Open Close

UK manufacturing output returns to growth

The UK’s industrial production rose by 1.1% in December 2012, official figures from the Office for National Statistics (ONS) showed today.

The growth was driven by a 1.6% increase manufacturing output, which was higher than analysts’ expectations and followed a 0.3% fall in November.

Compared with December 2011, manufacturing fell by 1.5% while total industrial production was down 1.7%.

David Kern, chief economist at the British Chambers of Commerce (BCC), commented that the increase seen in December is encouraging but the ONS report confirms a disappointing trend in production over the past year.

Quarterly figures reveal that industrial output in the last three months of the year was 1.9% lower than in the previous quarter – the largest fall since the first quarter of 2009. The drop was partly caused by an extended and later than usual maintenance period at the UK’s largest North Sea oil field and an unplanned shutdown at the Theddlethorpe gas terminal.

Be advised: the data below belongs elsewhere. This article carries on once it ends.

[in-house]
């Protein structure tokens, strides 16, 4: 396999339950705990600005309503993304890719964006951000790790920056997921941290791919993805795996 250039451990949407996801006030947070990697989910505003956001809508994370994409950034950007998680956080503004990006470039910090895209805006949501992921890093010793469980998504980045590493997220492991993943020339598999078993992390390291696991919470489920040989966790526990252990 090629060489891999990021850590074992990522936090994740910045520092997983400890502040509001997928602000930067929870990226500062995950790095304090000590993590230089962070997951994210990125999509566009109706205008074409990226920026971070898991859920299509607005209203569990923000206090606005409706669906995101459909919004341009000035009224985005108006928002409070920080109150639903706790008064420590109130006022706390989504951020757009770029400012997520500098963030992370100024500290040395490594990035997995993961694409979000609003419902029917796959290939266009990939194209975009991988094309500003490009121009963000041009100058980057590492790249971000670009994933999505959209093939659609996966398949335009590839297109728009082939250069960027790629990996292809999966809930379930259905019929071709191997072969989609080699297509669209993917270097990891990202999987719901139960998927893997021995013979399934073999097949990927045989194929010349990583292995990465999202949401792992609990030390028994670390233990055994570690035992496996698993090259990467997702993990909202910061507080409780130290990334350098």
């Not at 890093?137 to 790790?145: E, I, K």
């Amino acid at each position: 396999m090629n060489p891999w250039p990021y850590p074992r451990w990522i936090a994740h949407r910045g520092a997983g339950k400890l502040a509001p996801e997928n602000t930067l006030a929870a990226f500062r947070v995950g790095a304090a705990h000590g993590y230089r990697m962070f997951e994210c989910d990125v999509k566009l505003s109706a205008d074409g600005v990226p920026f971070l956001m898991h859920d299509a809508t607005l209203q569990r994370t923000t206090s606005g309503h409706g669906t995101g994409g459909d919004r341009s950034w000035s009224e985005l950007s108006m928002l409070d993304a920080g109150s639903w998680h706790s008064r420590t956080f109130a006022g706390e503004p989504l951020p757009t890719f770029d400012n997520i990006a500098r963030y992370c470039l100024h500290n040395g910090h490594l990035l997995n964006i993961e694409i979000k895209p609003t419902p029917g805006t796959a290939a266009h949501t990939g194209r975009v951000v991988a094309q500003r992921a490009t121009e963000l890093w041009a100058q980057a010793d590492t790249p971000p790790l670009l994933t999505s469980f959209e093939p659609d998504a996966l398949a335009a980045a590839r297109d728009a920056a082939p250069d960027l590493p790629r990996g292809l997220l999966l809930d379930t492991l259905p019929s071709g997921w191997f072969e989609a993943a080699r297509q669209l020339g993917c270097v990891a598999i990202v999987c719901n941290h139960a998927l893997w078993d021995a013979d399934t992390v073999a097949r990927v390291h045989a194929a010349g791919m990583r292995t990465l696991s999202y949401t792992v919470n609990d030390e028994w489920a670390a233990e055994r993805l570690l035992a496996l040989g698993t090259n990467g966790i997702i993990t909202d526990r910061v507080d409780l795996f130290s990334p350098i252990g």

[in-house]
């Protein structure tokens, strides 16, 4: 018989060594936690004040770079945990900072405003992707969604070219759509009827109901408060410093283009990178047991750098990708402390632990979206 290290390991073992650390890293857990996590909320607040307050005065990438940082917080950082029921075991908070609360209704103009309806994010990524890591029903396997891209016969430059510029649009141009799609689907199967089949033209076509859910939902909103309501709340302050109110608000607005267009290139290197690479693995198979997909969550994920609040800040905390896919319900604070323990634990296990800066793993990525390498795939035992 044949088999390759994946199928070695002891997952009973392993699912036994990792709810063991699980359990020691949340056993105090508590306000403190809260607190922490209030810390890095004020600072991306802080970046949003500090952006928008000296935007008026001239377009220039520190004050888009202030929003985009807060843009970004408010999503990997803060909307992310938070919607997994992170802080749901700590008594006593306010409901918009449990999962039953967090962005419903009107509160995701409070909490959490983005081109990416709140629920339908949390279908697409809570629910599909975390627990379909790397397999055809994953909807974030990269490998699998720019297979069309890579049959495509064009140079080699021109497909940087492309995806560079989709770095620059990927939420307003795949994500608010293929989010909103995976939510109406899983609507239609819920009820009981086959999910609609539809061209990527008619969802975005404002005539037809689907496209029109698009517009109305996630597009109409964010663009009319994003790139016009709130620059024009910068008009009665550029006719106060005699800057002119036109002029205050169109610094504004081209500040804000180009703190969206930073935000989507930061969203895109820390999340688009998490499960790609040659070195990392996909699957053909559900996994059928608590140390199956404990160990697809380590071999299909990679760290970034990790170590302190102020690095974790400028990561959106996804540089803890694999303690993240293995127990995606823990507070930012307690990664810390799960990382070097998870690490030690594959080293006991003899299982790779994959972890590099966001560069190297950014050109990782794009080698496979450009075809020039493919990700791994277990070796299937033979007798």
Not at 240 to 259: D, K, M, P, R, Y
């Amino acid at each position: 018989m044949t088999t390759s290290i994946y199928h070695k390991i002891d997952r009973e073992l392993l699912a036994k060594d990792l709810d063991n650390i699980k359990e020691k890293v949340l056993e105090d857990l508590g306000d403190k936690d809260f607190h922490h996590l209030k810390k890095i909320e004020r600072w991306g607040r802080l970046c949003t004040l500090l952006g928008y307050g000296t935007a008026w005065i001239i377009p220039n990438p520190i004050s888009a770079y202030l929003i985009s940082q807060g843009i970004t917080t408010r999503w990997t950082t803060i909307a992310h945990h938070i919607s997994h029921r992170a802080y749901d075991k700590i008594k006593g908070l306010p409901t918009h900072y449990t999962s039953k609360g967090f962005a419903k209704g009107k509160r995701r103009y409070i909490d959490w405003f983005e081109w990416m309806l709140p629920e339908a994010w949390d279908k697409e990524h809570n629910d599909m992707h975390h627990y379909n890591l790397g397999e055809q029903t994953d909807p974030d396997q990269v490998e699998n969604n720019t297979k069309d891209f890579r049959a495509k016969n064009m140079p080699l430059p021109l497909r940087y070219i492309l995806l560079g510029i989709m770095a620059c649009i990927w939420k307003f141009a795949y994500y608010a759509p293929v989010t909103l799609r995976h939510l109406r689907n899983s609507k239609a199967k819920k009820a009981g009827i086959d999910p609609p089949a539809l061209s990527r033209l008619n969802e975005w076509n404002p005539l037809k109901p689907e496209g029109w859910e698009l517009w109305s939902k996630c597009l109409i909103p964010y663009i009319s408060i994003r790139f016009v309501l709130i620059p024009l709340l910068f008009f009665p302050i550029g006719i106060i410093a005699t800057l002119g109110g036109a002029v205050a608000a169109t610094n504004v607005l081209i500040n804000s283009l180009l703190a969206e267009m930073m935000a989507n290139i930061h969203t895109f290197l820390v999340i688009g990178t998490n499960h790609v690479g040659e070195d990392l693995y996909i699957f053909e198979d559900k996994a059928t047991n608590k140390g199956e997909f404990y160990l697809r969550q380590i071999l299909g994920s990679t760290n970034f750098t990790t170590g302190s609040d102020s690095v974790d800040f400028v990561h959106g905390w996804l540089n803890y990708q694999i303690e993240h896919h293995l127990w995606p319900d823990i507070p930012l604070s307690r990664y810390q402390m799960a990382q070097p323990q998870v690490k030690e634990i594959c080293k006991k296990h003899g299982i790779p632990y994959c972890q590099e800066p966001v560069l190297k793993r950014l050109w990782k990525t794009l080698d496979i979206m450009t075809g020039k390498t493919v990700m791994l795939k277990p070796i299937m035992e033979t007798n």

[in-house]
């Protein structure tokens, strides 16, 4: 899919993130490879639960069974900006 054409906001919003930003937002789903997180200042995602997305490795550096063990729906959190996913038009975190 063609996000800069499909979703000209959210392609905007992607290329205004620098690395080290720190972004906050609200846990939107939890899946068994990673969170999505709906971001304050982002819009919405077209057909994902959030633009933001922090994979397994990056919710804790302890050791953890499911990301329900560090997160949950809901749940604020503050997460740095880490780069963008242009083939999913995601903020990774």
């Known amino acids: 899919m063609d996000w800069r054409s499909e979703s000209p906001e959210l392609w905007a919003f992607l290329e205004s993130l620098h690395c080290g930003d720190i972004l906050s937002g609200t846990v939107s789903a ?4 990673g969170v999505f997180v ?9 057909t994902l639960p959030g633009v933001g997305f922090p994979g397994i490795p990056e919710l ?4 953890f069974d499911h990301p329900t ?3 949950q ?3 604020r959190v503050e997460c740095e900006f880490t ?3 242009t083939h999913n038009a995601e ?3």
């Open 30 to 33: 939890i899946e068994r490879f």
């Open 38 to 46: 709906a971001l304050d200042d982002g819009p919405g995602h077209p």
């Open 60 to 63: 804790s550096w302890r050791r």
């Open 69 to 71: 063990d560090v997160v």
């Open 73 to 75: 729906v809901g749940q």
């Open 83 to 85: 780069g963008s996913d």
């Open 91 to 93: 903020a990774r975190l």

Manufacturing output fell by 1.3% between the third and fourth quarters of 2012.

The ONS also released December’s trade figures today, showing that the UK’s trade deficit in goods and services shrank to GBP3.2bn in December 2012, compared with a deficit of GBP3.6bn in November. There was a deficit of GBP8.9bn on goods, which was partly offset by an estimated surplus of GBP5.7bn on services.

According to an analysis by the British Chambers of Commerce (BCC), looking at the year as a whole the trade deficit in 2012 amounted to GBP37.7bn, a significant increase from the GBP23.6bn deficit in 2011.

Dr Adam Marshall, director of policy and external affairs at the BCC, welcomed the slight improvement in the trade deficit in December but noted that “the global economy is failing to provide any tangible support to the UK’s economic recovery.” He urged the government to do all it can to put international trade at the forefront of its economic strategy.


If you enjoyed this post, please consider leaving a comment or subscribing to the RSS feed to have future articles delivered to your feed reader.